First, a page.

Knight says it's even higher at Gilchrist Blue.
"It's actually at a concentration that's high enough to cause illness in humans, and possibly even cancer. Nitrate is chronically toxic to people,” he said, adding that people swimming are not in danger, but drinking the water on a consistent basis could cause harm.
It raises a question: What is being done to address the pollution?
Protecting the springs: DEP isn't following rules as intended, says former lawmaker who championed law.
"We have strong laws that are not being enforced,” Knight said.
In 2016, the legislature passed the Springs and Aquifer Protection Act to address excessive groundwater pumping and sources of nitrogen pollution. Lawmakers left the Department of Environmental Protection in charge.
The department's "Basin Management Action Plans," or BMAPs, are roadmaps for cleaning pollution, but Knight says DEP isn't doing enough.
"Their plans don't work. And they know that. They know that. They've been told, they've been shown the data and the public has tried to do something about it, but unsuccessfully. It's very difficult to fight your state,” Knight said.
Some groups are trying. The Florida Springs Council, the Sierra Club and other environmental groups across the state are now challenging DEP on this law, also saying the state's plan to clean up polluted springs within 20 years doesn't work.
“They're very far short. They're very far short,” said attorney John Thomas during June oral arguments in the Florida First District Court of Appeal. He's representing the Sierra Club and other environmental groups, including Save the Manatee Club, Silver Springs Alliance, Rainbow River Conservation, Our Santa Fe River and the Ichetucknee Alliance. “BMAPs are not just aspirational...those things are enforceable.”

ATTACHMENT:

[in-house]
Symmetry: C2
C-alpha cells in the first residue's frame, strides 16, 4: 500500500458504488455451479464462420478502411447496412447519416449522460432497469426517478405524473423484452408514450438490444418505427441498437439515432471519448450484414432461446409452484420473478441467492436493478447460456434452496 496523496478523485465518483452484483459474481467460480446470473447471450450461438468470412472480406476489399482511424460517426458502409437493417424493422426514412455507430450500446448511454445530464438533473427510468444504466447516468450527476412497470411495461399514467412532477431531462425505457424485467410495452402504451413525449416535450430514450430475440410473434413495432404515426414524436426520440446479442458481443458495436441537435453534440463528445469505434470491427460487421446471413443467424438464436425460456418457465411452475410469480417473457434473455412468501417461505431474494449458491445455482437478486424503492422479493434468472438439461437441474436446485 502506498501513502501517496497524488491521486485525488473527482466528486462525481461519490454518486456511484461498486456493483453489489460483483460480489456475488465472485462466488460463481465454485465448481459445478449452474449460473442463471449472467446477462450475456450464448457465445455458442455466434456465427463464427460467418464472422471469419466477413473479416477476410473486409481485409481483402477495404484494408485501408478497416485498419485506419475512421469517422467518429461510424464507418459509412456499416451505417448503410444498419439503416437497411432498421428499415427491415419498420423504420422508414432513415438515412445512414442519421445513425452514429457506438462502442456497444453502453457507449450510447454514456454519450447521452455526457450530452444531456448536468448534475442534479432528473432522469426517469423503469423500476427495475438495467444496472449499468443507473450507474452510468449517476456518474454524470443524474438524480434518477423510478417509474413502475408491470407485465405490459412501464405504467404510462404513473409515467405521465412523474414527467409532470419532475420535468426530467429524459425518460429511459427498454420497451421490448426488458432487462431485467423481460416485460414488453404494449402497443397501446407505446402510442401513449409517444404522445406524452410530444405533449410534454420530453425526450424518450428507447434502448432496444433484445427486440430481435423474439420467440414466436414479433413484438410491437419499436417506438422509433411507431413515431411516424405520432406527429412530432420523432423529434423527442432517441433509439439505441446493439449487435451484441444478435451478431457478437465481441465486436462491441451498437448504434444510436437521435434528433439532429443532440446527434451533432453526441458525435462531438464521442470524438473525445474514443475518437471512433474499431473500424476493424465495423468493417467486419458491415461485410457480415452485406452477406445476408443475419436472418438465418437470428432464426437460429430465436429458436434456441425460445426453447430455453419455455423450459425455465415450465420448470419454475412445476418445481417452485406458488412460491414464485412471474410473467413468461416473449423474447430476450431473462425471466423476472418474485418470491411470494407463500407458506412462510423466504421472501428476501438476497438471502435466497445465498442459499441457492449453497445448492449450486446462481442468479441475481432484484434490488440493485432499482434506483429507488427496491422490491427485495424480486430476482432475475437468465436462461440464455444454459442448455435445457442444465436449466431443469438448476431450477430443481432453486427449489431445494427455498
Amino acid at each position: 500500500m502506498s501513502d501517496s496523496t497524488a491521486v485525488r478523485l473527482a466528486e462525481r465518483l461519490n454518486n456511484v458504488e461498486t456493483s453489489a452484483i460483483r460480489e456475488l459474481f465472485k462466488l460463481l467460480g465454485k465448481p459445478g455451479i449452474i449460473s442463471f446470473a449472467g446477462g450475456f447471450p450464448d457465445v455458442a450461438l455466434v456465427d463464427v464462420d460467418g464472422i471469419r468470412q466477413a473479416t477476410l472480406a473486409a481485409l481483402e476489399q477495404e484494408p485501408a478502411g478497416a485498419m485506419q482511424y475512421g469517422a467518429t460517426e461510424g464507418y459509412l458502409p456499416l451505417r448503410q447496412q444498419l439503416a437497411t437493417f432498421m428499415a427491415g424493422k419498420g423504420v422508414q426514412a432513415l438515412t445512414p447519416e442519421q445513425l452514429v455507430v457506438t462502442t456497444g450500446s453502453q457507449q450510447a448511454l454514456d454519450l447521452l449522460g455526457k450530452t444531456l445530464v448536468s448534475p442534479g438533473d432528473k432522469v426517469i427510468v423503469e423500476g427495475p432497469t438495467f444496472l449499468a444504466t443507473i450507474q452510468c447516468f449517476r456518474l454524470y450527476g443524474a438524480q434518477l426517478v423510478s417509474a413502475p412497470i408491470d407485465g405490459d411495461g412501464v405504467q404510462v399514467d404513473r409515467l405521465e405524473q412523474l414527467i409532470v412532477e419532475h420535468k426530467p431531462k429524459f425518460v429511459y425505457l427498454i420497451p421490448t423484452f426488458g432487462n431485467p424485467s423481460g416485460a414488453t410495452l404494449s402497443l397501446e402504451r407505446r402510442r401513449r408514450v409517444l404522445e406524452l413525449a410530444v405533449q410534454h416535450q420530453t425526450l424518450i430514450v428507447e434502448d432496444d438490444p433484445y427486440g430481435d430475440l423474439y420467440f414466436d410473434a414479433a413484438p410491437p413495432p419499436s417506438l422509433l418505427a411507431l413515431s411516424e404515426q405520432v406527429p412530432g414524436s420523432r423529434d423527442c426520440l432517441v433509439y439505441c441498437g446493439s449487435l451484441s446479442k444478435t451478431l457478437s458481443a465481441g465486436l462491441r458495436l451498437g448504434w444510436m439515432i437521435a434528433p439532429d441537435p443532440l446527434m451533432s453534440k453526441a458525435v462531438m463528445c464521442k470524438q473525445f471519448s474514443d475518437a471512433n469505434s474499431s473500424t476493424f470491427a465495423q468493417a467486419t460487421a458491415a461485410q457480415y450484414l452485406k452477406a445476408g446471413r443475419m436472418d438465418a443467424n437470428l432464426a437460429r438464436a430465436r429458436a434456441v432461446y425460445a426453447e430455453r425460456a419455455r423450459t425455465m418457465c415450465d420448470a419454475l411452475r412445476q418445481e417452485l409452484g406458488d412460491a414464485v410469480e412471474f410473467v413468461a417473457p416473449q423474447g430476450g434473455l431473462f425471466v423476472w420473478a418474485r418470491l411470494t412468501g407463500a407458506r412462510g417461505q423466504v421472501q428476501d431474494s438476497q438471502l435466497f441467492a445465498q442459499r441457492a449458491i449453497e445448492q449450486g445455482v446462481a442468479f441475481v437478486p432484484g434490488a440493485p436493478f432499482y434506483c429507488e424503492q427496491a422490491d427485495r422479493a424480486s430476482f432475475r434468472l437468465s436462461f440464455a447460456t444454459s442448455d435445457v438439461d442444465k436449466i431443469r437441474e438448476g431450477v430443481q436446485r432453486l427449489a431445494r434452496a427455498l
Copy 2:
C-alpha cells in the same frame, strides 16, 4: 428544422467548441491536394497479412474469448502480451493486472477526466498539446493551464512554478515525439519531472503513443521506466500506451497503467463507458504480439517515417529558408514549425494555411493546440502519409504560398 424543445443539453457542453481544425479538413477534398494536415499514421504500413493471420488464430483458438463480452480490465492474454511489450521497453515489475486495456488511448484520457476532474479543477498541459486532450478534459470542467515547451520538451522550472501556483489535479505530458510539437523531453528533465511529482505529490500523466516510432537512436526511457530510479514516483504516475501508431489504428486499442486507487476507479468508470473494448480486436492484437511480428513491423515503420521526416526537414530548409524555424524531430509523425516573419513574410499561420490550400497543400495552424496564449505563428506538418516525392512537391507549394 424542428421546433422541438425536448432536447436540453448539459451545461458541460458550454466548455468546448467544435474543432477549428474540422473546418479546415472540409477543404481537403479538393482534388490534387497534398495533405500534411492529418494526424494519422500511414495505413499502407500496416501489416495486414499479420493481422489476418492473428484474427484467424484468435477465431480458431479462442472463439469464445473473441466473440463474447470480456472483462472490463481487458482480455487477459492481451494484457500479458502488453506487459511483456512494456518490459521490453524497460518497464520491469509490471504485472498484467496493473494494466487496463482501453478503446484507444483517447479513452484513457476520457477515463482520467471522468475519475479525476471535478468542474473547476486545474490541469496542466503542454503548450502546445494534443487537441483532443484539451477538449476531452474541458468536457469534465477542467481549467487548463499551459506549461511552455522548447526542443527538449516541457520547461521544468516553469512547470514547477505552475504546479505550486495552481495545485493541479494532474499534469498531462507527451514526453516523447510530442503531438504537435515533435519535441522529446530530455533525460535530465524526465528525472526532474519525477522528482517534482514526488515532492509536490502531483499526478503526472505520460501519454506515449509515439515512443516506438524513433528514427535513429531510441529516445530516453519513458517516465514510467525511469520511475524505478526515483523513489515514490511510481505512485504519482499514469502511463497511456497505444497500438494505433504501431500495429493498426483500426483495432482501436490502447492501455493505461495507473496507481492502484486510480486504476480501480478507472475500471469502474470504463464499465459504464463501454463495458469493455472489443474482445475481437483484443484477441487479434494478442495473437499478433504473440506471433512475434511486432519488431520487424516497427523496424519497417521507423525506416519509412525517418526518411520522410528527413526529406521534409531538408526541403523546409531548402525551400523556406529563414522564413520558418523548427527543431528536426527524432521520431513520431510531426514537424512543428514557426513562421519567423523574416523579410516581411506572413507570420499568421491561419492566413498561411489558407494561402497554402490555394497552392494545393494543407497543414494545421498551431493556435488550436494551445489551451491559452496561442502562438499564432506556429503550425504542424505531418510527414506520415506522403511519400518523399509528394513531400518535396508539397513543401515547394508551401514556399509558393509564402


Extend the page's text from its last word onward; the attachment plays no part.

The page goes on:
The DEP has pushed back against this argument.
“The petitioners in this case have a strong belief as to what the law ought to be and what the law ought to require the department to do with an action basin management plan, but that's not what the law is,” Jeffrey Brown, an attorney for the DEP, said in response.
But those who came up with the law disagree.
David Simmons was a Republican senator representing District 9. He's one of the lawmakers behind the 2016 Springs and Aquifer Protection Act. He says DEP is not following the law the way he and his co-sponsors intended.
"Is the DEP right now breaking the law?" asked 10 Investigates’ Emerald Morrow.
"I don't believe that the DEP right now has followed through on the directive of the Florida Legislature. And that's a simple fact,” he said.
Under the law, DEP is supposed to make sure when cities and companies pump from the aquifer, it doesn't cause any harm. But Simmons says the department hasn't properly defined what harm is.
"The language that I saw that they have been using for the last six years is not the appropriate language and it's not in accordance with the directive that was given,” Simmons said.
Simmons says he's been meeting with the DEP and just submitted a new set of proposed rules for defining harm to better protect our water resources.
"You cannot withdraw so much water that it is going to be not replenished,” he said. "Water is a treasure for Florida. We have a lot of it.
"We need to make sure that it's clean, and that we preserve it and that in fact, it is here for ourselves and for our children and our grandchildren."